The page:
Heat recovery from the engine cooling circuit is simple. A shell-and-tube or plate-and-frame heat exchanger can produce water at 82–99°C, depending on the engine jacket water temperature. This water can serve purposes that include space or domestic water heating, light production process heating, and boiler condensate or make-up water preheating, as well as air conditioning, process cooling and desiccant dehumidification.

In each case, the recaptured heat displaces some costs for fuel or utility electricity. To the extent that the recovered heat supports energy needs during times of peak electric load, total demand – and thus demand charges – are also reduced. Examples of low-intensity, limited-duty cogeneration include:

Commercial Real Estate: Office buildings can cost-effectively operate generator sets during business hours, avoiding utilities’ highest time-of-use rates. If heat recovery from a jacket-water heat exchanger can partially offset the cost of fuel for space heating, water heating or dehumidification, return on investment improves.

Light Industry: A small or mid-sized manufacturer with an on-site genset could install a heat exchanger in the engine cooling system loop, with a thermostatically controlled diverter valve to regulate the flow to the in-plant load, cost-effectively satisfying a variable hot-water requirement.

Hospitality: Hotels can readily use heat recovery for domestic hot water, laundries, kitchens or swimming pool heaters. In summer, the recovered heat can power absorption chillers or desiccant dehumidifiers for air conditioning.

Food Processing: Food producers can recover exhaust and jacket water heat to create low-pressure steam for light process loads such as cooking or raising dough, or to produce hot water for cleaning and sanitising. Depending on the size and character of the heat load, such systems can be cost-effective in single- or multiple-shift service, even if heat demand is cyclical or seasonal.

Gas engines and CHP

Advances in gas engine technology have been essential to cogeneration’s progress. By nature, gas engines serve well as isolated or grid-connected on-site power sources. They offer high power density, low first cost per kW, and quick, simple installation. Fuel and operating costs are competitive, emissions are clean, and service is readily available worldwide.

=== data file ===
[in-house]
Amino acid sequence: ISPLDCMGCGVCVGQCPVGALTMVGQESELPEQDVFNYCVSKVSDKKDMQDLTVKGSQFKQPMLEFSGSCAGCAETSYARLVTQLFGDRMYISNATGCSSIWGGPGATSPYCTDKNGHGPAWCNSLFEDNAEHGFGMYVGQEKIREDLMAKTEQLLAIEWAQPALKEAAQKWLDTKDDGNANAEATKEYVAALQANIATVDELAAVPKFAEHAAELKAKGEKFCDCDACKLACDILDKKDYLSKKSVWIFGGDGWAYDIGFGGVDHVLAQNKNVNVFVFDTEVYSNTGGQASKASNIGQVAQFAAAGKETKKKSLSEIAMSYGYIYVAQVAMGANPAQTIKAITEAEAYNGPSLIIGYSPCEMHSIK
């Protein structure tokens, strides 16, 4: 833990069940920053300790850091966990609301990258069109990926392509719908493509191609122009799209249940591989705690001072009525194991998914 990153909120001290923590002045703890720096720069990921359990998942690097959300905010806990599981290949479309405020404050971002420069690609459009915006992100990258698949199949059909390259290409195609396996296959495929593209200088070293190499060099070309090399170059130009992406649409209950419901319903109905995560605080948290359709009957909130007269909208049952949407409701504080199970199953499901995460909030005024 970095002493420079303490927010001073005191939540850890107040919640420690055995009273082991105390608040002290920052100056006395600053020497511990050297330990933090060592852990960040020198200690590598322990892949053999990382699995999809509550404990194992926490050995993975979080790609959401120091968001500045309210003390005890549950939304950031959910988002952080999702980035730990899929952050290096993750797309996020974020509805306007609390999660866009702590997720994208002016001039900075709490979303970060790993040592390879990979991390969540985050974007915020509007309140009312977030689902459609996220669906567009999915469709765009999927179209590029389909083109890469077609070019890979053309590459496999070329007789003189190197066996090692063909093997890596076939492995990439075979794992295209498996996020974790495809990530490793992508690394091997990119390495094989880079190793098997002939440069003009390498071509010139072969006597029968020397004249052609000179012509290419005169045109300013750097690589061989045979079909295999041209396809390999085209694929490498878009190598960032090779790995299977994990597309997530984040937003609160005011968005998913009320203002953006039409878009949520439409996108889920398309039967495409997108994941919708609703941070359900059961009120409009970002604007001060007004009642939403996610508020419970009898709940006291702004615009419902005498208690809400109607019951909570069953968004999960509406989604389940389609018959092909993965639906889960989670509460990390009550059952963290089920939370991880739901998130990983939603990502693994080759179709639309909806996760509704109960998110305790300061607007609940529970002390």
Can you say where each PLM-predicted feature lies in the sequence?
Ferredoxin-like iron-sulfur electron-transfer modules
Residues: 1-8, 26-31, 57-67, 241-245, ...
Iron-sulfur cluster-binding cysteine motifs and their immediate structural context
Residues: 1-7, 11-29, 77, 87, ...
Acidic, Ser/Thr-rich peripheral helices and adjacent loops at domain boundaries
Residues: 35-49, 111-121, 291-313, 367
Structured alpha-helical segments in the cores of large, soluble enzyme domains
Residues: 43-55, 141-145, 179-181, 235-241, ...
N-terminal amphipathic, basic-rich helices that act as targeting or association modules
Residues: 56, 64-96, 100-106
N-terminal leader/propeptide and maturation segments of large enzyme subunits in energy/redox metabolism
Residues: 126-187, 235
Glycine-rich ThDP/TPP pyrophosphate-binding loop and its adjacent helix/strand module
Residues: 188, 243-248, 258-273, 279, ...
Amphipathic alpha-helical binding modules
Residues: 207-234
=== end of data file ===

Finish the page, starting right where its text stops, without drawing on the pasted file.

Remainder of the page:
The basic technology is highly reliable – uptime can approach 98%. Engines readily handle full or part loads, tolerate varied altitudes and ambient conditions, and can be brought online quickly. The latest engines develop high power output in footprints up to 50% smaller than traditional units, fitting easily in small engine rooms or containerised power plants.

Gas engines are well suited to operate in cogeneration service on refined natural gas and propane, as well as on fuels of variable heating value and purity. Landfill gas, agricultural biogas and wastewater treatment plant digester gas may produce exhaust containing corrosive compounds, requiring stainless steel surfaces in exhaust gas heat exchangers, but no special modifications are required for heat recovery from liquid cooling circuits. Other gases like coke gas and coal mine methane are also viable cogeneration fuels.

The latest engines use a variety of digital microprocessor-based monitoring and control technologies that include:

  • Air/fuel ratio control based on charge air density, maintaining NOx emissions within the tightest available tolerance under all ambient and load conditions, irrespective of changes in air temperature and humidity;
  • Air fuel ratio control based on Total Electronic Management (TEM) systems that optimise generator set performance, measuring each cylinder’s temperature and adjusting combustion to minimise fuel consumption and engine emissions and prevent detonation. Systems can control functions beyond the engine itself, such as radiator motors, electrical breakers and systems, and even a complete plant;
  • Detonation sensing by individual cylinder with automated control to retard timing if detonation occurs.